After an insurance claim is filed, the insurance company may send out an investigator, called an “adjuster” or “appraiser”. The insurance adjuster’s job is to objectively evaluate the insurance claim, and to determine if the repair estimates are reasonable.

Often, insurance companies fail to properly honour their obligations under their insurance contract – if you have concerns with how you are being dealt with, we will be happy to assist you in assessing the viability of your insurance claim, and with any difficulties which you may encounter in dealing with your insurance company.

Disability Income Insurance is sold as a form of coverage that is intended to pay people a weekly or monthly income for the period of time a worker is declared disabled by an accidental injury or illness. Insurers have routinely and historically denied benefits to policy holders, even when claims have been legitimate. The insurer may allege the pain is not severe enough to prevent the insured from working, even when several professionals have attested to the opposite. Recent studies have shown this to be true, yet benefits are often initially denied. An insured often requires the help of a lawyer to recover their justifiable insurance awards.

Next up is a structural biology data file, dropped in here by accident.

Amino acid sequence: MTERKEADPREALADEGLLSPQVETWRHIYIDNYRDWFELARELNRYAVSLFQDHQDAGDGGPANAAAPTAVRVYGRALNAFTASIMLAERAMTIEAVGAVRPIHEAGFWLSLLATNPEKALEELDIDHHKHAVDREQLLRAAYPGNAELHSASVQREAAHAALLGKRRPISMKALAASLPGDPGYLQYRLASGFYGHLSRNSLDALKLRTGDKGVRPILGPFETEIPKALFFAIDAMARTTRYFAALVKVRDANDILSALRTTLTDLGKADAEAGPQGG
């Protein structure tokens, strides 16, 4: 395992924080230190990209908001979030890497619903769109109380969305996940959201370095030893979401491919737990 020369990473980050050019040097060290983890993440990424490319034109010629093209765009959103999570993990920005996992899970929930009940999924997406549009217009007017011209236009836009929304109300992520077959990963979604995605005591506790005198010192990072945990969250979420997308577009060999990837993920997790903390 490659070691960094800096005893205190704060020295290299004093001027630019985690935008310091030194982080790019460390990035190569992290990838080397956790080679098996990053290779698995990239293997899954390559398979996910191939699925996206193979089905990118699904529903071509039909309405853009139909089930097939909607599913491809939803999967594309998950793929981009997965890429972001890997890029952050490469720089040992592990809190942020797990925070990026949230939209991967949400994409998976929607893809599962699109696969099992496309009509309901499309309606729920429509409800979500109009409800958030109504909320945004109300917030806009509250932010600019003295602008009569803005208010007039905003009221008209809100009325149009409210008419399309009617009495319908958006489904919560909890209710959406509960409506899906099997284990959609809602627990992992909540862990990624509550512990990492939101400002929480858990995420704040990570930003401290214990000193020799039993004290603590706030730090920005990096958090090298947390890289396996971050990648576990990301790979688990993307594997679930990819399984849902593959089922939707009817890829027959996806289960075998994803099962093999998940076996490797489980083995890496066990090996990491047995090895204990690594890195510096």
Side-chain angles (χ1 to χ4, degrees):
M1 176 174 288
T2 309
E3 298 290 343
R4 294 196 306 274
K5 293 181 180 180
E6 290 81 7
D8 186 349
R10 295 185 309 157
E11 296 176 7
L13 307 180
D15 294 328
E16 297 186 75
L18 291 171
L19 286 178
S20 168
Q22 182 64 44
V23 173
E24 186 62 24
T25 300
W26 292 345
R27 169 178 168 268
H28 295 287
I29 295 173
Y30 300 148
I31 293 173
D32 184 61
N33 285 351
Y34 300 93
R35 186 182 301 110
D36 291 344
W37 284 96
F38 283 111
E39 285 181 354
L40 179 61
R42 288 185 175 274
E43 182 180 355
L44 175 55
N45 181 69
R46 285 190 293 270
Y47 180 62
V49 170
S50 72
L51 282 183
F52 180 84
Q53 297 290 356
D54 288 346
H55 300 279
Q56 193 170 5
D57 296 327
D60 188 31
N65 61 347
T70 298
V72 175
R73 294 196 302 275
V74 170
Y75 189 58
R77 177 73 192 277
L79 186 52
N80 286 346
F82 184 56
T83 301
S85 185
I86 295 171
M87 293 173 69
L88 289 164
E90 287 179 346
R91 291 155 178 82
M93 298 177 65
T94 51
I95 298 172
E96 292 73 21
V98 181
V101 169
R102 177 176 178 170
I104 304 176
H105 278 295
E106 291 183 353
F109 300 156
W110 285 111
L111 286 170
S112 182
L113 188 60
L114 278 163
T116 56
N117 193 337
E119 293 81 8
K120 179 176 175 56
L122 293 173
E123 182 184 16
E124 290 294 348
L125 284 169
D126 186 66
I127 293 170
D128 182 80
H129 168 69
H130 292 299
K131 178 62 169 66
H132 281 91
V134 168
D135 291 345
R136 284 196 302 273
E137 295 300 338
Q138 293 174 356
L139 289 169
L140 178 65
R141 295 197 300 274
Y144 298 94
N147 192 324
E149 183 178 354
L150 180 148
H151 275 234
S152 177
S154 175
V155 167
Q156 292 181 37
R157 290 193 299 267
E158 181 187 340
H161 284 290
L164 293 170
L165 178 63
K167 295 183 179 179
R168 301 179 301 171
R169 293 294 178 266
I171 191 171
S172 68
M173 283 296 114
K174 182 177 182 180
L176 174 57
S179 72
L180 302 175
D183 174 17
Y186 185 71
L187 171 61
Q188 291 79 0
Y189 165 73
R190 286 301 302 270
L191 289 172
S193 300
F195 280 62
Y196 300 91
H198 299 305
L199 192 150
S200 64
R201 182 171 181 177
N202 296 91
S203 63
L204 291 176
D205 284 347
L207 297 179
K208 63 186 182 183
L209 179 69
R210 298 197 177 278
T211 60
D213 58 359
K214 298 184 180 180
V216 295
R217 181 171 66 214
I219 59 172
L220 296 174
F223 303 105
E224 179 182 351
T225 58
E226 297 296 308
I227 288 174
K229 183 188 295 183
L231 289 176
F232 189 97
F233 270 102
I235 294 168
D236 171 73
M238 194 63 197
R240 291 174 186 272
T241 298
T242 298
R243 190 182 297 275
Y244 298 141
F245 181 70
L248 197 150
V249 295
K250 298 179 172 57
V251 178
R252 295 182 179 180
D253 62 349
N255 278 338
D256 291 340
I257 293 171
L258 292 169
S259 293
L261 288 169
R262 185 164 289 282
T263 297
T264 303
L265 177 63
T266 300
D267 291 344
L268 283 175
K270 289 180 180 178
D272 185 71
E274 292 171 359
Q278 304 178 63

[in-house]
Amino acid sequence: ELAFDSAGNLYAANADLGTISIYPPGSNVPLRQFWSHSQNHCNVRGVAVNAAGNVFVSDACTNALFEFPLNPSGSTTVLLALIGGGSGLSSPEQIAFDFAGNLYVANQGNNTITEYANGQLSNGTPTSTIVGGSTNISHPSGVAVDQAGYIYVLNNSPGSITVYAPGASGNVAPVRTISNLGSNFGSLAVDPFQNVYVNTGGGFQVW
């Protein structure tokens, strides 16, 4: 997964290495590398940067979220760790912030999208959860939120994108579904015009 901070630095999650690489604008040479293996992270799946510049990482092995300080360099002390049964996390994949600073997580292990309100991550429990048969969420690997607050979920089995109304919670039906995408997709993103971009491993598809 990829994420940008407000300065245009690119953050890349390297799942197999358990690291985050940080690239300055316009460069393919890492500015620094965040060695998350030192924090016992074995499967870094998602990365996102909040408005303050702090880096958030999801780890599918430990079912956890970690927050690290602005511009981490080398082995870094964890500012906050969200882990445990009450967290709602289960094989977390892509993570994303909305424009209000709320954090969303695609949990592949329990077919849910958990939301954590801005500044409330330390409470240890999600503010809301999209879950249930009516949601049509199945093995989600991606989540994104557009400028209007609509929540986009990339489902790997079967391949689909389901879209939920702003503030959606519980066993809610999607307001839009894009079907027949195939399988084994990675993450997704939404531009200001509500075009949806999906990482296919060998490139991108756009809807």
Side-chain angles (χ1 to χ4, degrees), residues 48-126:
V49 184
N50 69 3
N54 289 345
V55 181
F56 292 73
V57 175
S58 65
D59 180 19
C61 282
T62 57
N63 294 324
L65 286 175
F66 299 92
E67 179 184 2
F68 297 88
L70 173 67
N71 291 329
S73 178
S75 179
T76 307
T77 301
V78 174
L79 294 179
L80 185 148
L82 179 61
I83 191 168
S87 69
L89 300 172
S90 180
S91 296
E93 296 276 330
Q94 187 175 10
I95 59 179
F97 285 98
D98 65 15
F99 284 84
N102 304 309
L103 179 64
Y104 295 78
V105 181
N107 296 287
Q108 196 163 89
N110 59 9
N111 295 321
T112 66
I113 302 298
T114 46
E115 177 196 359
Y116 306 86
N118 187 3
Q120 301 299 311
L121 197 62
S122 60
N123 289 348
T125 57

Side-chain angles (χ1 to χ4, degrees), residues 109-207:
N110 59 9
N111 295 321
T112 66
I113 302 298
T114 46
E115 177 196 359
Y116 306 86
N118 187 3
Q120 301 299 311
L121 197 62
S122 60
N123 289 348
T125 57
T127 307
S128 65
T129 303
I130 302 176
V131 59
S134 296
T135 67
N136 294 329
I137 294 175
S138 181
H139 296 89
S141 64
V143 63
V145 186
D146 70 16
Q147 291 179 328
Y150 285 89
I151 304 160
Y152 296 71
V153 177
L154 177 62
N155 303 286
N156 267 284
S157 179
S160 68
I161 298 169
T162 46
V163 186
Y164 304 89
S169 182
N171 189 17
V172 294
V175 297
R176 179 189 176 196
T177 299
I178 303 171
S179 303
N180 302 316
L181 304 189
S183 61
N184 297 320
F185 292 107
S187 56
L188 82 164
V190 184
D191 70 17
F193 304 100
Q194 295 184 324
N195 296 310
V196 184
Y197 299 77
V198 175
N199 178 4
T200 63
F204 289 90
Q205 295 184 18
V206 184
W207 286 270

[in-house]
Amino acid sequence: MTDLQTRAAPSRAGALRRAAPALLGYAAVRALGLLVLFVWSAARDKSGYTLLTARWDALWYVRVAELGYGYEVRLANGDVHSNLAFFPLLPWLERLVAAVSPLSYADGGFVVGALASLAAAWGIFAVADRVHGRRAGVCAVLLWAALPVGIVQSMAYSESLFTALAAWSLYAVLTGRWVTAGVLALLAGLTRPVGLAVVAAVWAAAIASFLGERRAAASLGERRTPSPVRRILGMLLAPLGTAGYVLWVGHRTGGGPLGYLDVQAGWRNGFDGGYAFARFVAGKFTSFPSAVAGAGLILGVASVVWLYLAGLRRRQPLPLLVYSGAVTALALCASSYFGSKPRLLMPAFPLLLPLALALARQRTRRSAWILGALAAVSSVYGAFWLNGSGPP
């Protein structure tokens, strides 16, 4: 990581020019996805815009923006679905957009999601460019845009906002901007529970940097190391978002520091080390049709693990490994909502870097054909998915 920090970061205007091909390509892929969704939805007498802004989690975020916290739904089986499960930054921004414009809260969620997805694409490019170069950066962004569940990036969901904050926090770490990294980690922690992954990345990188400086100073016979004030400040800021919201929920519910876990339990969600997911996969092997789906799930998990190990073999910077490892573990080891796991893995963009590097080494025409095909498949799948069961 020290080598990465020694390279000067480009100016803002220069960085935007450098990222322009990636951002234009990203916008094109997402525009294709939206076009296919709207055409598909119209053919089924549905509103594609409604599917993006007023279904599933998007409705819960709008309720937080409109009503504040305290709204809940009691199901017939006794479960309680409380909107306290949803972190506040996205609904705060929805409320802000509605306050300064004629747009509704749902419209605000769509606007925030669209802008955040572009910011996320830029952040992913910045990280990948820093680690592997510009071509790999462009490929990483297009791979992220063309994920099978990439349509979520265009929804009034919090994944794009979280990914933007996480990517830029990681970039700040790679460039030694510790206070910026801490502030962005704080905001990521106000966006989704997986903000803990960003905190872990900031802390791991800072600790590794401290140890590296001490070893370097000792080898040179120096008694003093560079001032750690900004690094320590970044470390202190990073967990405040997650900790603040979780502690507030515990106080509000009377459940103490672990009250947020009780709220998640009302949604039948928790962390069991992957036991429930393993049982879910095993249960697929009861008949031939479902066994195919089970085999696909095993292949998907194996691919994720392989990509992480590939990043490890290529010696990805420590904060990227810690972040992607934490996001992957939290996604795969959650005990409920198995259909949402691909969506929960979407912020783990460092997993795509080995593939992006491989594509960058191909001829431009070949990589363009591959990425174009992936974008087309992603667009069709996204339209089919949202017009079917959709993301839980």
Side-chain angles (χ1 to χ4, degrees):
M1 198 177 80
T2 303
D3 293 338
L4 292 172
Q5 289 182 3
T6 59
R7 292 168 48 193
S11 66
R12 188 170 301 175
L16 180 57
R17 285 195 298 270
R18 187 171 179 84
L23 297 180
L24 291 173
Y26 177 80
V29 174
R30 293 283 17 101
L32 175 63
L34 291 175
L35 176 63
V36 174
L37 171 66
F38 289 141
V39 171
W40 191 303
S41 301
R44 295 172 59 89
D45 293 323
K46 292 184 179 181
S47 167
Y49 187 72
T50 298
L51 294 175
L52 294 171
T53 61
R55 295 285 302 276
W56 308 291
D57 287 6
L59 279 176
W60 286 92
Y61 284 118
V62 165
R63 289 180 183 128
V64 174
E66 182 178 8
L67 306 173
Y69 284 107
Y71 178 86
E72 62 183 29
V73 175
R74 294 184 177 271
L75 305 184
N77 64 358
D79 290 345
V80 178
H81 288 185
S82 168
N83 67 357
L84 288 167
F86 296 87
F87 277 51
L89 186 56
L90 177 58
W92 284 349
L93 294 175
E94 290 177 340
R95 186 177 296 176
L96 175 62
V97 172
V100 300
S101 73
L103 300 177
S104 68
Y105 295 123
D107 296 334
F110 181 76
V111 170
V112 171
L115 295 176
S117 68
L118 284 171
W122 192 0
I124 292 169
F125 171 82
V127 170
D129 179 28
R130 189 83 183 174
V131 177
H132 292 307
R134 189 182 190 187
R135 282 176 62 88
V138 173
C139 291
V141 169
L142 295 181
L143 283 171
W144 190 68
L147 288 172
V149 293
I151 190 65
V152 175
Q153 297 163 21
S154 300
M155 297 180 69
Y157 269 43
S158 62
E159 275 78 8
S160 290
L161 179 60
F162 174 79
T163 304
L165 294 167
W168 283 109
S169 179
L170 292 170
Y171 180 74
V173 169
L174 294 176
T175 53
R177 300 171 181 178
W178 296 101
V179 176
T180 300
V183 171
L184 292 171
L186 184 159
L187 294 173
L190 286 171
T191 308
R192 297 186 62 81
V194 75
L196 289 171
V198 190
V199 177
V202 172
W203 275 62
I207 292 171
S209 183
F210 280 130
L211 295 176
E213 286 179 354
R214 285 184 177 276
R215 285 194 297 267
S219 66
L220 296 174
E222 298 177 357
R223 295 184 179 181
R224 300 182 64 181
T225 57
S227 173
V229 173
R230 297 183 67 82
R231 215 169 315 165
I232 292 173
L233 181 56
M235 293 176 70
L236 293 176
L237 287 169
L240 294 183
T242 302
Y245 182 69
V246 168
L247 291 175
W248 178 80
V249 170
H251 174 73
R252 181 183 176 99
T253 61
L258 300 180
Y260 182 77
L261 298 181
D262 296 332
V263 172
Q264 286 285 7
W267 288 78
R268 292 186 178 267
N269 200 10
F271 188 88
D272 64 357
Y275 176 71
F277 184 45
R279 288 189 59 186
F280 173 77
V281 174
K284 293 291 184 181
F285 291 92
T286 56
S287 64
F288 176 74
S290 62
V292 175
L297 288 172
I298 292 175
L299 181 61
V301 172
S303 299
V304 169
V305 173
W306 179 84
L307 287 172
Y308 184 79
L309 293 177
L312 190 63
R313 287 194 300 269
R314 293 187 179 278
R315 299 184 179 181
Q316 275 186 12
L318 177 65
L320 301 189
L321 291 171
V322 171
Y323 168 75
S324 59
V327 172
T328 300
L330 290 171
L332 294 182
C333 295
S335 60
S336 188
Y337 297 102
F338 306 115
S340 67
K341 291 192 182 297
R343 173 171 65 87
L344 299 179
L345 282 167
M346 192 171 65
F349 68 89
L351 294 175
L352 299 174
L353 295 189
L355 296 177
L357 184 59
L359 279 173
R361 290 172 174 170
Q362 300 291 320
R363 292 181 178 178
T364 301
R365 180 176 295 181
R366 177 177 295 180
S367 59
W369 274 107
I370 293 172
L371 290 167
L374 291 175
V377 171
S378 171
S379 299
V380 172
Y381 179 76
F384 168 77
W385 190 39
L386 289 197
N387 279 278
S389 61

Most legal actions arise when the insured is forced to sue their own insurance company because the insurer is denying coverage unfairly and without proper cause. The failure to pay the insured for a loss covered by the policy or unreasonable delays in making payments due under the policy are the most common grounds for a law suit claiming bad faith and wrongfully denied disability claims.

If you have been denied disability, you may qualify for damages or remedies. We would be pleased to discuss these issues with you in further detail.